Time for more Eberron questions!
Are there any Khorvairian analogs to real world holidays or festivals, say if we wanted a Christmas themed game?
It depends what you mean by “direct” analogs. There’s no Santa Claus or Easter Bunny in canon Eberron. With that said, there are some holidays that could be used to give a game a similar favor. A few examples:
- Wildnight (18-19 Sypheros). The festival of the Fury, a time when passions run high and people cast aside inhibitions. Blend Mardi Gras with a divinely inspired bacchanal and you’re on the right track.
- Long Shadows (26-28 Vult). Three nights when the Shadow reigns supreme. Most stay indoors by the fire, but it is a time for minions of darkness to take to the streets and celebrate. If you want a Halloweenish tradition, you could say that some people choose to dress as monsters to frighten their friends… though that’s a dangerous game on a night when true monsters are abroad.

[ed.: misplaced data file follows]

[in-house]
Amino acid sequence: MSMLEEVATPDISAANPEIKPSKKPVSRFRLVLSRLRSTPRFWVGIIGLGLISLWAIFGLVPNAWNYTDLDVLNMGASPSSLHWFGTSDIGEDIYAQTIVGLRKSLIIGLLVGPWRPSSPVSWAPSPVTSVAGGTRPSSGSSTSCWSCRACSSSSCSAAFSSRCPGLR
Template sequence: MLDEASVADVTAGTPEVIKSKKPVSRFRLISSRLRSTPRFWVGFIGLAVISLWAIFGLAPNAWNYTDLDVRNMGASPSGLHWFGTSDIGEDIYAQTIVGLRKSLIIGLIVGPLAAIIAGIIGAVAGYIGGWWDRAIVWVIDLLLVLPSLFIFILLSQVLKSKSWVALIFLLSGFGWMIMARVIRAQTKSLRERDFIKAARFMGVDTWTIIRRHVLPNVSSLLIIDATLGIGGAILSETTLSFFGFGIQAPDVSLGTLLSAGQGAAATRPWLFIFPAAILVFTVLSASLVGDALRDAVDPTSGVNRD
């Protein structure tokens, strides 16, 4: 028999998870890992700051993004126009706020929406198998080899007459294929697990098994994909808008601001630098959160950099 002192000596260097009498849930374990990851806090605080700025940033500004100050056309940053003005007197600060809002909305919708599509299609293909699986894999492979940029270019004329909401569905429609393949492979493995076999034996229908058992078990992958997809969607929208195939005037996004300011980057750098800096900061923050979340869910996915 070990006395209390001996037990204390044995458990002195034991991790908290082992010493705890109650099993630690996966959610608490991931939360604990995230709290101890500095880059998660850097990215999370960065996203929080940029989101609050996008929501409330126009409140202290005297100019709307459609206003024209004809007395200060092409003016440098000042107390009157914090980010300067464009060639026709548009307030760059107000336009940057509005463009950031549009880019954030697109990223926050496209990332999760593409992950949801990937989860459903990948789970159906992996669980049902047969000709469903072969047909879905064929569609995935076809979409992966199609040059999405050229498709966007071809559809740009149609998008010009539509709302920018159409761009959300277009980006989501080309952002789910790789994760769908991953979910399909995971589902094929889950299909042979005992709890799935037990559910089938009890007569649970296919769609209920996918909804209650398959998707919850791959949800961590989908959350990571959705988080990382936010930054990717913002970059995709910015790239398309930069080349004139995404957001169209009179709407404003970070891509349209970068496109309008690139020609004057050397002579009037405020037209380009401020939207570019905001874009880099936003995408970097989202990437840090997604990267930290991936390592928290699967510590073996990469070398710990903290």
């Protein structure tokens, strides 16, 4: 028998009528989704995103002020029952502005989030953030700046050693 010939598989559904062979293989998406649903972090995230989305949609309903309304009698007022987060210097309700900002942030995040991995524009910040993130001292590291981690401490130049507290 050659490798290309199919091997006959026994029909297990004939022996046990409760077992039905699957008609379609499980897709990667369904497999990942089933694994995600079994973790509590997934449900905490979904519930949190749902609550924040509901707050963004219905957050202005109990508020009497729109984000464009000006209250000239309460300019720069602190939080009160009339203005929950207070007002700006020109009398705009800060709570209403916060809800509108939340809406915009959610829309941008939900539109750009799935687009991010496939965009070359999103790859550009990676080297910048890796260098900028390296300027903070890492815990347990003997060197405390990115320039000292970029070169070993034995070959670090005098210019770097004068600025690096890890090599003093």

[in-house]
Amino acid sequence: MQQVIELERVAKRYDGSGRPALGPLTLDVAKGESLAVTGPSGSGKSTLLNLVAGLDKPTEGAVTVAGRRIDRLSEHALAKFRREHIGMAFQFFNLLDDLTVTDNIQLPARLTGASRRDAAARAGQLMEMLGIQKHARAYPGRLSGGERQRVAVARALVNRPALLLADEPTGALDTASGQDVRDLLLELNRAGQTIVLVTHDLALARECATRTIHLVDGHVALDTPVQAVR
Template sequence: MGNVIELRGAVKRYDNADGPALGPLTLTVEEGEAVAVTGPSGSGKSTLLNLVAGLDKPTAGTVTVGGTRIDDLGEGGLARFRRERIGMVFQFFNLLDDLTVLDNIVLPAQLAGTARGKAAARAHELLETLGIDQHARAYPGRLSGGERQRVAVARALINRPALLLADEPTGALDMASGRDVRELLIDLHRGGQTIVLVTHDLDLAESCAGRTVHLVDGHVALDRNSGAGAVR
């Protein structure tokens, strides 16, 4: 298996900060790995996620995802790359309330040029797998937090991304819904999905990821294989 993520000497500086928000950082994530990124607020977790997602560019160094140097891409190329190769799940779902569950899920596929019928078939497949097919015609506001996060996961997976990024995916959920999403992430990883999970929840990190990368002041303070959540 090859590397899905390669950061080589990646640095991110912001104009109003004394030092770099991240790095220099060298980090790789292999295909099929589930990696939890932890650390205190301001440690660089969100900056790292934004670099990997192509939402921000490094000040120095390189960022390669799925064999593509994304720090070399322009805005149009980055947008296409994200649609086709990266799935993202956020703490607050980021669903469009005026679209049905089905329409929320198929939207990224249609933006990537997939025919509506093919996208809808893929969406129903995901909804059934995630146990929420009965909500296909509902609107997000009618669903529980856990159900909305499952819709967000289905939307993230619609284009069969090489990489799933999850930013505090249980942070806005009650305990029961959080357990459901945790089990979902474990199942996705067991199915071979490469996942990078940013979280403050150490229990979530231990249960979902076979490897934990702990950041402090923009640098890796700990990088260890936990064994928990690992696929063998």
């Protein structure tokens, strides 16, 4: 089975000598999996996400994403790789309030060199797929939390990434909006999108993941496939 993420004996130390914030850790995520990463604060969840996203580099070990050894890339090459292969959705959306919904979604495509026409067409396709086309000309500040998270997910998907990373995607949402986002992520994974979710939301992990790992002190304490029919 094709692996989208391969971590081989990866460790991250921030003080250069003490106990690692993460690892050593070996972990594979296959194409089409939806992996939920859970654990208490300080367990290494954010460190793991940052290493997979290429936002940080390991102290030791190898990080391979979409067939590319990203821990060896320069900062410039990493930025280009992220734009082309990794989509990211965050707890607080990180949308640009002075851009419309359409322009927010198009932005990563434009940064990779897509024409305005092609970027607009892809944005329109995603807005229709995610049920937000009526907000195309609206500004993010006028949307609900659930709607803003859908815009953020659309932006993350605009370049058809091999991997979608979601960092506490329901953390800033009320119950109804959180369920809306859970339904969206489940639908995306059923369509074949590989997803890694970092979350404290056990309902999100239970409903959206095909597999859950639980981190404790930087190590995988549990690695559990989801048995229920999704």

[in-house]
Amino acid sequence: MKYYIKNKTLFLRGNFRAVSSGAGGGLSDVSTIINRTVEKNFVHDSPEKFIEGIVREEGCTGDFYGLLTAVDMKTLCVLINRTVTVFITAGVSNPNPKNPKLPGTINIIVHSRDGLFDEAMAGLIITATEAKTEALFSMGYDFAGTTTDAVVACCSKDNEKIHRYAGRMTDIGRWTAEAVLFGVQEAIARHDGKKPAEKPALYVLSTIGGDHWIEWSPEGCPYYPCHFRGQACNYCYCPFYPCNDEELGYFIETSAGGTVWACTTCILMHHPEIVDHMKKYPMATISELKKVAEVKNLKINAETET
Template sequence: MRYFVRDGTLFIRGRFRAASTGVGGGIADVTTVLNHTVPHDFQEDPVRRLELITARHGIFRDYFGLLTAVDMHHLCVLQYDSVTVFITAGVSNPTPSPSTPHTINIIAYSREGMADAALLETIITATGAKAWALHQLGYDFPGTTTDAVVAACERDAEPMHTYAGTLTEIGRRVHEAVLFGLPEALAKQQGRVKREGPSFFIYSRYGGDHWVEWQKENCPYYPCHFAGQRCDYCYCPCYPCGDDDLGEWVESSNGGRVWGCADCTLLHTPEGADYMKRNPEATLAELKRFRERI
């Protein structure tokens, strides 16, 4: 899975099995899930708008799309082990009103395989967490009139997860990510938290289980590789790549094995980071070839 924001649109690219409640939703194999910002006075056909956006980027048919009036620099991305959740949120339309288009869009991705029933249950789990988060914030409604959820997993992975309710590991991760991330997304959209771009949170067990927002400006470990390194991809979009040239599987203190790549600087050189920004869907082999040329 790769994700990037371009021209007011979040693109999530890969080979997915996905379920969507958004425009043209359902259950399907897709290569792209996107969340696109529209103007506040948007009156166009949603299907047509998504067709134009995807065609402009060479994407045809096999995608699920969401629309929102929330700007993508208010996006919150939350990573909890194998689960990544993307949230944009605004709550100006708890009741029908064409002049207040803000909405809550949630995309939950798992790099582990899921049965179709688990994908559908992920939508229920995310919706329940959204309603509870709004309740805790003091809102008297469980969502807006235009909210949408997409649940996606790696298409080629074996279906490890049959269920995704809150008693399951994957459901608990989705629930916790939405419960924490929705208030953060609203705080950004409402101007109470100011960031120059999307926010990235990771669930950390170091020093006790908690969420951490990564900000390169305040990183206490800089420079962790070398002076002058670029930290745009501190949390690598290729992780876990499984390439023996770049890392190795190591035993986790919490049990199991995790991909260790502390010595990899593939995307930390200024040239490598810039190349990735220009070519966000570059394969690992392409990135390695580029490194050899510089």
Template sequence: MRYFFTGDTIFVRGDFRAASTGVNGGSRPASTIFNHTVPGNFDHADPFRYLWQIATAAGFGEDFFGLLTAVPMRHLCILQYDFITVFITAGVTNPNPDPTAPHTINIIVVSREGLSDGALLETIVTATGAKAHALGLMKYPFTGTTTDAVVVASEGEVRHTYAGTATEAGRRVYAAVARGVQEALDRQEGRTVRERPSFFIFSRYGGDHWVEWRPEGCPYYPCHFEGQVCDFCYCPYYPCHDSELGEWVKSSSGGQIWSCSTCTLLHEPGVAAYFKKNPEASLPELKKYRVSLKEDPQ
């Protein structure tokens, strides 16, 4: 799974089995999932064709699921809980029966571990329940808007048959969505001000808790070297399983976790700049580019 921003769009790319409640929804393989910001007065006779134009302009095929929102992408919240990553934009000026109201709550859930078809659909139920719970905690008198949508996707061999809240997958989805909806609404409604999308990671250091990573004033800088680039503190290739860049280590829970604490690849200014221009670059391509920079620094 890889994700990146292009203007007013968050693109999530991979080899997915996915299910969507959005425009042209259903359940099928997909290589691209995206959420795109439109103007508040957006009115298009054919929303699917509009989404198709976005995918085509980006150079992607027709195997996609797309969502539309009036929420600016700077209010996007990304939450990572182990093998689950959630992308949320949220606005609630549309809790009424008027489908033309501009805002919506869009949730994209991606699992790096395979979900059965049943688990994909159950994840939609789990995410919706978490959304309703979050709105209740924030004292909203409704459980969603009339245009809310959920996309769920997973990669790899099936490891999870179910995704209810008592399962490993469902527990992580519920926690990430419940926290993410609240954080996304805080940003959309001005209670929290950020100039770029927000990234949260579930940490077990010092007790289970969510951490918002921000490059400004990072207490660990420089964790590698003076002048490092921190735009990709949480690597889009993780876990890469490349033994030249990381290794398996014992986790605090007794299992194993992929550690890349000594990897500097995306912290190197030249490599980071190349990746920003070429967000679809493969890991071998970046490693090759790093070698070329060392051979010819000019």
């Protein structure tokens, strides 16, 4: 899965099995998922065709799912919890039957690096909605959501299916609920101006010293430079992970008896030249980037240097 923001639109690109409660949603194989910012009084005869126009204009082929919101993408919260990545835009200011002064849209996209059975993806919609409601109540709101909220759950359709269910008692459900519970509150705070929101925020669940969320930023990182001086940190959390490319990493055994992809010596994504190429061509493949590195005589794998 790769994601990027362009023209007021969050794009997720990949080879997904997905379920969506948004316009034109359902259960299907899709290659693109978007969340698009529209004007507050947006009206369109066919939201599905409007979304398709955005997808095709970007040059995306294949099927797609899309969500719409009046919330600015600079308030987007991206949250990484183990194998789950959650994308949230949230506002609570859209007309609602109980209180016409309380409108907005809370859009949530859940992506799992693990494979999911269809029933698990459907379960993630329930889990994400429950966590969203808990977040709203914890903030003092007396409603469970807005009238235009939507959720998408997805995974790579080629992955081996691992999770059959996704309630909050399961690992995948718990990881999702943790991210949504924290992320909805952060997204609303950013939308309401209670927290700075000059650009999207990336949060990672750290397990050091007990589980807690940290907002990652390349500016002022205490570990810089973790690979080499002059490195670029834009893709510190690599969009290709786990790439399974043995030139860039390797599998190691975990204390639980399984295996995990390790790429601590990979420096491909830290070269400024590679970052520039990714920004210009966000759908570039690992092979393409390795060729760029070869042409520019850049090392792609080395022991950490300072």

- Boldrei’s Feast (9 Rhaan). A time for a community to come together and strengthen its ties. Certainly a time in which people give thanks, if you take my meaning. Also a traditional day for elections and government appointments.
- The Ascension (1 Sypheros). The most important celebration in the calendar of the Church of the Silver Flame, the Ascension commemorates Tira’s sacrifice and transformation into the Voice of the Flame.
All of these are described on pages 30-32 of Sharn: City of Towers, along with ten other holidays and festivals.
We rarely hear of “sports” in fantasy. Are bloodless sports a big Eberron thing? Breland Monarchs vs Karrnath Bats” style?